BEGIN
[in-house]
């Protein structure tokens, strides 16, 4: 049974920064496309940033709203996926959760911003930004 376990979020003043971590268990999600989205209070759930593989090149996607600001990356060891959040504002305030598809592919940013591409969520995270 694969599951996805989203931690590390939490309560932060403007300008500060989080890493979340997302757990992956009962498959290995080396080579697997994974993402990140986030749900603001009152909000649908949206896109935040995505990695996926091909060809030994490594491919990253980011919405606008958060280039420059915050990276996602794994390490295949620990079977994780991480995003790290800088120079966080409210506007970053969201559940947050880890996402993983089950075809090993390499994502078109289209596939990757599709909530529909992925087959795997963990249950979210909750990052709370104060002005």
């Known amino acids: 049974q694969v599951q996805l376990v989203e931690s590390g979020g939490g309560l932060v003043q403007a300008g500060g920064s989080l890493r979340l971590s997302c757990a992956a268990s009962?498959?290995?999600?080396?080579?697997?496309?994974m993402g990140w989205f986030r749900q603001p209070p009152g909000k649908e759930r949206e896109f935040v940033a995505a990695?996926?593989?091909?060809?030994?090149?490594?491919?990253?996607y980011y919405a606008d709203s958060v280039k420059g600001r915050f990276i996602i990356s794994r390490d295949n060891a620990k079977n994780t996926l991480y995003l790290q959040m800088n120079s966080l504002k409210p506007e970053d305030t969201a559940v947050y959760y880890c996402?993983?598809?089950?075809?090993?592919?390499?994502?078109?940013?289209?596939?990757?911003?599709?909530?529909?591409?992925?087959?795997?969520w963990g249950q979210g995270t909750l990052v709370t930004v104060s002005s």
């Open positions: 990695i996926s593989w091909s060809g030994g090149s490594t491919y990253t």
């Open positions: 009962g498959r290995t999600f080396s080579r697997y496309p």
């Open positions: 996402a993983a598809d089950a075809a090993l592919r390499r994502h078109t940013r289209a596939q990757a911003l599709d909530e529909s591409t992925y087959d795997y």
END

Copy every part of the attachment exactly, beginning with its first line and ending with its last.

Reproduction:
[in-house]
């Protein structure tokens, strides 16, 4: 049974920064496309940033709203996926959760911003930004 376990979020003043971590268990999600989205209070759930593989090149996607600001990356060891959040504002305030598809592919940013591409969520995270 694969599951996805989203931690590390939490309560932060403007300008500060989080890493979340997302757990992956009962498959290995080396080579697997994974993402990140986030749900603001009152909000649908949206896109935040995505990695996926091909060809030994490594491919990253980011919405606008958060280039420059915050990276996602794994390490295949620990079977994780991480995003790290800088120079966080409210506007970053969201559940947050880890996402993983089950075809090993390499994502078109289209596939990757599709909530529909992925087959795997963990249950979210909750990052709370104060002005």
């Known amino acids: 049974q694969v599951q996805l376990v989203e931690s590390g979020g939490g309560l932060v003043q403007a300008g500060g920064s989080l890493r979340l971590s997302c757990a992956a268990s009962?498959?290995?999600?080396?080579?697997?496309?994974m993402g990140w989205f986030r749900q603001p209070p009152g909000k649908e759930r949206e896109f935040v940033a995505a990695?996926?593989?091909?060809?030994?090149?490594?491919?990253?996607y980011y919405a606008d709203s958060v280039k420059g600001r915050f990276i996602i990356s794994r390490d295949n060891a620990k079977n994780t996926l991480y995003l790290q959040m800088n120079s966080l504002k409210p506007e970053d305030t969201a559940v947050y959760y880890c996402?993983?598809?089950?075809?090993?592919?390499?994502?078109?940013?289209?596939?990757?911003?599709?909530?529909?591409?992925?087959?795997?969520w963990g249950q979210g995270t909750l990052v709370t930004v104060s002005s």
């Open positions: 990695i996926s593989w091909s060809g030994g090149s490594t491919y990253t």
């Open positions: 009962g498959r290995t999600f080396s080579r697997y496309p």
């Open positions: 996402a993983a598809d089950a075809a090993l592919r390499r994502h078109t940013r289209a596939q990757a911003l599709d909530e529909s591409t992925y087959d795997y």